BDL's 2017-18 Season Previews: Miami Heat, making a very, very big bet

The 2017 offseason was the wildest in NBA history. LeBron James and Kyrie Irving are now Eastern Conference rivals. Out West, Chris Paul joined James Harden, while Paul George and Carmelo Anthony united with Russell Westbrook. Ten recent AllStars changed uniforms, and we haven’t even gotten to Kevin Durant’s strange summer, so let’s get to previewing. The 2017-18 NBA season is finally upon us.

Goran Dragic just wants to give a big ol’ thumbs up to the whole idea of Miami Heat basketball. (AP)
Goran Dragic just wants to give a big ol’ thumbs up to the whole idea of Miami Heat basketball. (AP)


2016-17 finish: 41-41, ninth in the East
Offensive rating: 105.2 (16th)
Defensive rating: 104.1 (5th)

Additions: Kelly Olynyk, Bam Adebayo, Jordan Mickey, A.J. Hammons
Subtractions: Chris Bosh, Josh McRoberts, Luke Babbitt, Willie Reed

Did the summer help at all?

Honestly, that’s one of the more fascinating questions in the NBA’s middle class. I get why Miami did what it did, and I think the Heat will probably be all right this season. In the long run, though, I think the answer might be no.

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You know the story. A rash of significant injuries, headlined by the heartbreaking end of Bosh’s South Beach career, contributed to early-season struggles that left Miami looking in mid-January like a team set to go into the tank. Instead, the Heat started whomping fools, reorganizing themselves around a a cranked-up, fast-paced drive-and-kick game to become the East’s hottest team before falling one win short of the playoffs.

It begged the question: which team was the “real” Heat? The one that started 11-30 and couldn’t seem to get on track? Or the one that finished 30-11 and outscored its opposition over the final three months by more points per possession than any team besides Golden State? After a failed chase of free-agent small forward Gordon Hayward, team president Pat Riley bet big on the latter.

Miami doubled down on its second-half identity, rewarding shooting guard Dion Waiters and point forward James Johnson for their career years by handing them four-year deals totaling more than $110 million. Riley spent the rest of the Heat’s cap space to import Olynyk, a versatile 7-footer whose shooting, passing and physicality played well in Brad Stevens’ system with the Boston Celtics, and to lock up talented 24-year-old swingman Josh Richardson, who has battled injuries through his first two NBA seasons but has shown signs of being a dynamic shooter, slasher and secondary ball-handler.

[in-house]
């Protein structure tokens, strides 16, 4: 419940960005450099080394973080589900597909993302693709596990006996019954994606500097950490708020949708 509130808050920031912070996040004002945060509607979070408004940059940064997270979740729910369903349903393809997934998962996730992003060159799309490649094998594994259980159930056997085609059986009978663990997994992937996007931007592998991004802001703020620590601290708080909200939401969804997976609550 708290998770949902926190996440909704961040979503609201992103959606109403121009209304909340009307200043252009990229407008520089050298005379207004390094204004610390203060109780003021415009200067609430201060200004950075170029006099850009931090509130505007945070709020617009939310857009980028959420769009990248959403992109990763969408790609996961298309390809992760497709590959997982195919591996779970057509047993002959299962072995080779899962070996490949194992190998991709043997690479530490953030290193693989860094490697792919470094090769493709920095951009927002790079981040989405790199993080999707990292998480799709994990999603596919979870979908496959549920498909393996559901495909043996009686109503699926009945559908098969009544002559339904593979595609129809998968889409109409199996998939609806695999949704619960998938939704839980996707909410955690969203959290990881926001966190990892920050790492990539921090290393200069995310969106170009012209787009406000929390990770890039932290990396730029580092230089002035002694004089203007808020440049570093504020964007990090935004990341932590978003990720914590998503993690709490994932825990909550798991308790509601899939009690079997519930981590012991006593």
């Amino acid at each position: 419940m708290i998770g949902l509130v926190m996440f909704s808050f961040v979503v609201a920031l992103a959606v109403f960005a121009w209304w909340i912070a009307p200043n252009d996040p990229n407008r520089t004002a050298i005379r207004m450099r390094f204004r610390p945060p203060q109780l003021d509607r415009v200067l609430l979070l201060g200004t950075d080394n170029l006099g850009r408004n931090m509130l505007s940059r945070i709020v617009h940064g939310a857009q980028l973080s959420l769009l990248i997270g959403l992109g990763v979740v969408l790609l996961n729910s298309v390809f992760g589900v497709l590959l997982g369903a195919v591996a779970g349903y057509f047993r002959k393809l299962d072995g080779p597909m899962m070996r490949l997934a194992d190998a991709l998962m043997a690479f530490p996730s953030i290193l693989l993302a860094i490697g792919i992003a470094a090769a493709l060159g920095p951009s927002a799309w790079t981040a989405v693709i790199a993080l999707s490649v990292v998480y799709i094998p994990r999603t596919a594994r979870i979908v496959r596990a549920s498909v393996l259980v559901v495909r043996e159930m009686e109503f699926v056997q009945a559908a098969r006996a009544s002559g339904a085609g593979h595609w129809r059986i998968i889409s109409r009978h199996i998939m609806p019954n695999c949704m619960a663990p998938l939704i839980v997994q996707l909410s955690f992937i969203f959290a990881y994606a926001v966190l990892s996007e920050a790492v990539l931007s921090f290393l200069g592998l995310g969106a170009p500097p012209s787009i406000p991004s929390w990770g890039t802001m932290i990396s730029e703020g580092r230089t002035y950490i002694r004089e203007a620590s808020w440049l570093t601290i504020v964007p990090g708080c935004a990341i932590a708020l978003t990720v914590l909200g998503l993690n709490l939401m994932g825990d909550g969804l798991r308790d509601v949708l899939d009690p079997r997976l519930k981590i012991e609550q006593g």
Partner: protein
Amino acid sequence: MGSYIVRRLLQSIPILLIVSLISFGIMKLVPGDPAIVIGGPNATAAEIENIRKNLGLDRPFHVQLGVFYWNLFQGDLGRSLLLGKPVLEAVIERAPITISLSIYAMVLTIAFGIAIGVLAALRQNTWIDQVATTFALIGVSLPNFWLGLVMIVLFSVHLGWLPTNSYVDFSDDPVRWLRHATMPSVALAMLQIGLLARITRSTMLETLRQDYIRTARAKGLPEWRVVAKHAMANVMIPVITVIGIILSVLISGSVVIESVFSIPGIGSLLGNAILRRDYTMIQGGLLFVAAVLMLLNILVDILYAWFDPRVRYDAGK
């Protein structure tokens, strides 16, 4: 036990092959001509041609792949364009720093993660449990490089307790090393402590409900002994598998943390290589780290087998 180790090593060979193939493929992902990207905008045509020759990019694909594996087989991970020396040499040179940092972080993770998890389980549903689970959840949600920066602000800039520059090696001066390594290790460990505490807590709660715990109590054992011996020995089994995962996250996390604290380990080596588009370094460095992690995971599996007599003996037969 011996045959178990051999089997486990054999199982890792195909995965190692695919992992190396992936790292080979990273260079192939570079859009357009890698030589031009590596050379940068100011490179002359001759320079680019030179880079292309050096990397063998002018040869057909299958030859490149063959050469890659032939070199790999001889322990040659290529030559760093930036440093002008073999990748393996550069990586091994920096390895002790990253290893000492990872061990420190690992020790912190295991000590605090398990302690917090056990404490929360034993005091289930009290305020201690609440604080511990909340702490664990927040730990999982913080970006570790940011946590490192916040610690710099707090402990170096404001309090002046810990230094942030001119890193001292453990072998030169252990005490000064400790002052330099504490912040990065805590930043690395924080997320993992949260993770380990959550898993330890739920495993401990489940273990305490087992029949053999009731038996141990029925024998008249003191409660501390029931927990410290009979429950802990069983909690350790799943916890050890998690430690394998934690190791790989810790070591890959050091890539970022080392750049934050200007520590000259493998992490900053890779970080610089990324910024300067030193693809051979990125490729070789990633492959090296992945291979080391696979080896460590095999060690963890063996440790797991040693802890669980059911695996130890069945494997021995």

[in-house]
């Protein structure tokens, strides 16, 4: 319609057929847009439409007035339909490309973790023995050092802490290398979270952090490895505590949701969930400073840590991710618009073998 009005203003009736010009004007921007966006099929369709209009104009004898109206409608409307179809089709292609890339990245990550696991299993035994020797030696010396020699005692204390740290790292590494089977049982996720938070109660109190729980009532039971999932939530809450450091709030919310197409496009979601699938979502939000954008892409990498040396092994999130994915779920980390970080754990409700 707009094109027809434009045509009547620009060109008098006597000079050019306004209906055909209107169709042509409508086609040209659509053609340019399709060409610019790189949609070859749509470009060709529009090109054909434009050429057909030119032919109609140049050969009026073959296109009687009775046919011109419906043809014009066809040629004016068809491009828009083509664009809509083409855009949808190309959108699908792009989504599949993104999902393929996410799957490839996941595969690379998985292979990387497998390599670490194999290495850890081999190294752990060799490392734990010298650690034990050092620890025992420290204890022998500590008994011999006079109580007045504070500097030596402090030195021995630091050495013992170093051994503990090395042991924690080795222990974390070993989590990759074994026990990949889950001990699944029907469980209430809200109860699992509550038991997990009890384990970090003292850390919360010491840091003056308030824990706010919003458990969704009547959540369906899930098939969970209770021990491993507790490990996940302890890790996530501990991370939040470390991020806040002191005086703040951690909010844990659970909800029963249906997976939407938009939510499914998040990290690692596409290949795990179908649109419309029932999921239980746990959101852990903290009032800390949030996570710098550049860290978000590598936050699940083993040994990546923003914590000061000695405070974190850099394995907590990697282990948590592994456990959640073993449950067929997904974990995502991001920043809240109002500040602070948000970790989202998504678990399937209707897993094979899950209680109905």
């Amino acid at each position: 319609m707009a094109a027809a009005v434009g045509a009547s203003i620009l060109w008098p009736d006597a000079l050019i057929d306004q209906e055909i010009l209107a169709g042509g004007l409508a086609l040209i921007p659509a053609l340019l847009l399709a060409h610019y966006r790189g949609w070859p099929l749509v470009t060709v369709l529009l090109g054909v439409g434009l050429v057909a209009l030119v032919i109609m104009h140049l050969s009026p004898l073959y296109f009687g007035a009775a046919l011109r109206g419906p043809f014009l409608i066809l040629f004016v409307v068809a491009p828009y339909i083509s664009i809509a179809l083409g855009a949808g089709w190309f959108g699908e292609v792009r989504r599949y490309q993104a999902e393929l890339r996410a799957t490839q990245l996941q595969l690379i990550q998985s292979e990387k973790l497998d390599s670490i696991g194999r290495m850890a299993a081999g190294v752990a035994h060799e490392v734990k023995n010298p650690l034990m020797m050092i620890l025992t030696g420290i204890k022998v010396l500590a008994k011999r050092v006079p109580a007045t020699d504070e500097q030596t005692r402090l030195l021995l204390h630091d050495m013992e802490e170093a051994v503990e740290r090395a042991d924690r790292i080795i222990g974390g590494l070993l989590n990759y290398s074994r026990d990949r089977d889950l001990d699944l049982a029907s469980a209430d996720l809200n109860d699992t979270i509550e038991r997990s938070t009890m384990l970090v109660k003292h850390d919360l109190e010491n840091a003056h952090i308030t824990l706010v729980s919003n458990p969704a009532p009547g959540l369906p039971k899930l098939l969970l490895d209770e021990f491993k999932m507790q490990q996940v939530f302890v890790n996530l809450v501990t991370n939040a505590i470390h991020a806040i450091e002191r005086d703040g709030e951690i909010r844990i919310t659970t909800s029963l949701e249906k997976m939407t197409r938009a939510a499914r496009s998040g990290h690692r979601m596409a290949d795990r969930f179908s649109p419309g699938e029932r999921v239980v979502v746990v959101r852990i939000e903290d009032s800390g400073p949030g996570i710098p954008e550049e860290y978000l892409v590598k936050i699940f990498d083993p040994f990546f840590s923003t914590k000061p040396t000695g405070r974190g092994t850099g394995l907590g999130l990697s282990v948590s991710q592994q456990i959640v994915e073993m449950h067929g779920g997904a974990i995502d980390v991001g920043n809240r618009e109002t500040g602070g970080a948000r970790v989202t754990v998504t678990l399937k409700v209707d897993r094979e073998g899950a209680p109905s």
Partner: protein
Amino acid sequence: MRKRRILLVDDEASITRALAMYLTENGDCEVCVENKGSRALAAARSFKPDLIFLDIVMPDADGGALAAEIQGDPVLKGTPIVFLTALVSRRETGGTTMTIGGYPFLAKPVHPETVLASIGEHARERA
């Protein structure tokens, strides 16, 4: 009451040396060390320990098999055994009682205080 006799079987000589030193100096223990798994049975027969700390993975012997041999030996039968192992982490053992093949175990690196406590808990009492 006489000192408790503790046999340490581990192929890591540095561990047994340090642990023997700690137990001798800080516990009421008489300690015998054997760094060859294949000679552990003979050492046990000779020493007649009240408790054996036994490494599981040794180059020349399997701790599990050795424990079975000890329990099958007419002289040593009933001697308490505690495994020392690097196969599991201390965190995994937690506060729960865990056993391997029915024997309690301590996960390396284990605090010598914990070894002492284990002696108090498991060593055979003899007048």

First-round pick Adebayo profiles as an athletic pick-and-roll dive man who can defend in space and thrive in transition, and who will step into some of the reserve center minutes that Reed left behind. Healthy-again Justise Winslow, a 2015 lottery pick returning from a season-ending shoulder injury, looks like one of the league’s most interesting bellwethers, the kind of player who could determine whether Miami’s ready to rise up the Eastern standings or likely to drop back below the fringes of postseason contention.

An exclusive image of Erik Spoelstra trying to figure out how to manage the Heat’s interesting and weird frontcourt. (AP)
An exclusive image of Erik Spoelstra trying to figure out how to manage the Heat’s interesting and weird frontcourt. (AP)

Factor in linchpin stars (Goran Dragic, Hassan Whiteside), holdover guards (Tyler Johnson, Wayne Ellington) and role-playing forwards (Rodney McGruder, Okaro White), and it looks the Heat go 12 deep with actual NBA players. This team will compete like crazy and defend its collective tail off. Coach Erik Spoelstra will not rest until he figures out how to most effectively mix and match his frontcourt pieces. (Winslow being able to shoot well enough to credibly play small forward on offense would help a ton.)

If Dragic, Whiteside, Waiters and Johnson approximate last year’s work — and, most importantly, last year’s 3-point shooting, which provided the space for the ball-handlers to get downhill and for Whiteside to rampage — that should be enough to top .500 and make the playoffs in a watered-down East. Barring significant steps from one or more youngsters, though, it’s really unclear whether it’s enough to do much more. And whether just making the playoffs was worth locking Miami out of meaningful salary cap space for the next three years (especially when the Heat will be without draft picks this summer, and without second-rounders until 2022) is very much up for debate.

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Best-case scenario: The second-half surge wasn’t a mirage. The Dragic-Waiters backcourt picks right up where it left off, and James Johnson’s “kickboxing Diaw”/”slightly sedated Draymond” routine carries over, providing the basis of an offense that proves more productive than the sum of its parts. Spoelstra finds the right lineups, and the likes of Tyler Johnson, Richardson, Winslow and Olynyk ensure that Miami’s second unit is good enough to either keep or extend leads. Depth, defense, relentlessness and just enough scoring combine to push Miami up near 50 wins and into the second round of the playoffs.

If everything falls apart: What looks like a 12-Deep Collection of Solid Dudes is revealed to be a Very Expensive Collection of Seventh Men. Waiters and Johnson tail off after getting paid. Olynyk isn’t equipped for a larger role and Winslow still can’t shoot, significantly limiting Miami’s flexibility and effectiveness. There’s not enough shooting to keep defenses honest, and they collapse on Whiteside, frustrating and stifling the big man. Spoelstra spins his wheels but never finds traction. Miami stumbles to 35 wins and hand the Suns a lottery pick.

Best guess at a record: 43-39

Read all of Ball Don’t Lie’s 2017-18 NBA Season Previews:


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